In comparison to most wine regions, Canada seems a bit far north – and far too cold – to cultivate successful vineyards. But as most wine regions, Canada has pockets of grape growing climates that are slowly being discovered. For some time, wineries have used the cold winters to their advantage, producing some of the world’s best ice wines. Still wines are also gaining ground as the regions explore the best varieties for the area.
The Gulf Islands
This is an exciting new region for viticulture. There are now vineyards and wineries on many Gulf Islands, including Salt Spring, Pender, Saturna, Quadra and Bowen.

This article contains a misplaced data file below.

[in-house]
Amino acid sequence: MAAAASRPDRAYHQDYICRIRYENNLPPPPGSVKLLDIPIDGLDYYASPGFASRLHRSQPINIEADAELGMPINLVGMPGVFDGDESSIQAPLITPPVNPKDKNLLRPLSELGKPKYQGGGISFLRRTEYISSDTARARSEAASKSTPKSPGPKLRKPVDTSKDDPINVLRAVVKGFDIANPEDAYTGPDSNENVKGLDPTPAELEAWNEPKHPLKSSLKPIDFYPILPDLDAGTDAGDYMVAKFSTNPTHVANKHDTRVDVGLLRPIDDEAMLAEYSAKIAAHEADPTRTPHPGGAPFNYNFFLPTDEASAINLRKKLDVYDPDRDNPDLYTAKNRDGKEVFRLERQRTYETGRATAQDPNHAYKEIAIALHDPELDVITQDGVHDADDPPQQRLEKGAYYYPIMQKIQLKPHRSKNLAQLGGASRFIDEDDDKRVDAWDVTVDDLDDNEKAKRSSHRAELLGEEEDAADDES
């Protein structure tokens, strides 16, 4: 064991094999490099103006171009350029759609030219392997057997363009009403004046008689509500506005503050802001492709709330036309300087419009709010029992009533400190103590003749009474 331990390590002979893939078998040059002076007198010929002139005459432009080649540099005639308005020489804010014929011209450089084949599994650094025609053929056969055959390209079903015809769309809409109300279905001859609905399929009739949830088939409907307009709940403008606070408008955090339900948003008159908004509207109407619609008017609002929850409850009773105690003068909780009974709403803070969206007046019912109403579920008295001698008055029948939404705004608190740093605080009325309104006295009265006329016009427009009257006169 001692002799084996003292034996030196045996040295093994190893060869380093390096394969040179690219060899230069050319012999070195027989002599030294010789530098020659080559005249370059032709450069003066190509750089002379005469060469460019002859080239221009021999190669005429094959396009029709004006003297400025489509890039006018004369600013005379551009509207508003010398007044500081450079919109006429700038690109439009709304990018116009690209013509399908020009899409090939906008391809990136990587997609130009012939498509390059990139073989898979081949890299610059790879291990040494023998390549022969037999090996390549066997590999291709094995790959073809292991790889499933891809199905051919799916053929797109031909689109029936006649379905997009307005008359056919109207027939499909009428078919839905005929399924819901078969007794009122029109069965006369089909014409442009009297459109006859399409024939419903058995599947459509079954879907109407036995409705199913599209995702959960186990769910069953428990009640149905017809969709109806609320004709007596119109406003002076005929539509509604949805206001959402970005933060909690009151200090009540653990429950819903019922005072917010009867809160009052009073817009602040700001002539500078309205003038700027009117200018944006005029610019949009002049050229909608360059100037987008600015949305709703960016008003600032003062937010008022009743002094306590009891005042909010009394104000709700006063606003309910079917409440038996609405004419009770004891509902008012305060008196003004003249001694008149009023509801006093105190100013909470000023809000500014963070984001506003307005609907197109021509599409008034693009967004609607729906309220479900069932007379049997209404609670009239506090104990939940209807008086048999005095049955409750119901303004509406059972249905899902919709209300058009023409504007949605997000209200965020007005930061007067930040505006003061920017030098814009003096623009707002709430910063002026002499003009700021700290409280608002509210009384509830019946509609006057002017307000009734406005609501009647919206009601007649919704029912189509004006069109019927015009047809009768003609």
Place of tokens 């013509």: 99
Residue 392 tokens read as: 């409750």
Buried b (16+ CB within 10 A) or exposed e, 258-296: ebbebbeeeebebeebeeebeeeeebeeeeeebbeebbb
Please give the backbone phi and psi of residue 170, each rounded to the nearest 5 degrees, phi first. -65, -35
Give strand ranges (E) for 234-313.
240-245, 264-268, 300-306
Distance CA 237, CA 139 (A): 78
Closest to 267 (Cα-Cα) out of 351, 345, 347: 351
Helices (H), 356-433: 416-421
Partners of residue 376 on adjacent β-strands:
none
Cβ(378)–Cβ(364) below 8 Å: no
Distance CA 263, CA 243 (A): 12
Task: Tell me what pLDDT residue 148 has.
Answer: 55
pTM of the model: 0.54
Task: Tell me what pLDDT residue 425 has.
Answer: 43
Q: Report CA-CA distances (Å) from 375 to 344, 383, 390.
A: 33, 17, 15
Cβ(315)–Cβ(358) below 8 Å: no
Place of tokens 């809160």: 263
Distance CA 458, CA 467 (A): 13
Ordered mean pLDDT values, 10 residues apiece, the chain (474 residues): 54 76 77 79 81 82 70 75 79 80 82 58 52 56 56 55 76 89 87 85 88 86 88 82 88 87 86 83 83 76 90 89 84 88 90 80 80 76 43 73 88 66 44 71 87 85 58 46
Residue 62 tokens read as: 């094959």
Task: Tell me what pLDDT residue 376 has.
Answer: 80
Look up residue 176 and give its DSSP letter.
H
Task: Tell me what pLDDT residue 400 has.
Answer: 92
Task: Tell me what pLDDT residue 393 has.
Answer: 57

There are wineries spread over the southern half of Vancouver Island. There are producers in the Cowichan Valley, Nanaimo, as well as Saanich Peninsula, with some close to the city of Victoria.
The Similkameen Valley
The valley is arid with persistent winds that can reduce the moisture in the vines and the soil. Much of the overhead irrigation water can evaporate before touching the ground.
The Okanagan Valley
From Oliver to Osoyoos, the valley fans out with flatter land in the Black Sage vineyard area. This is where the majority of acreage is planted, and is the area with potential for new development.
The Fraser Valley
The fertile delta south of the Fraser River is Vancouver’s agricultural hinterland. Soils are predominantly silty and high in organic matter.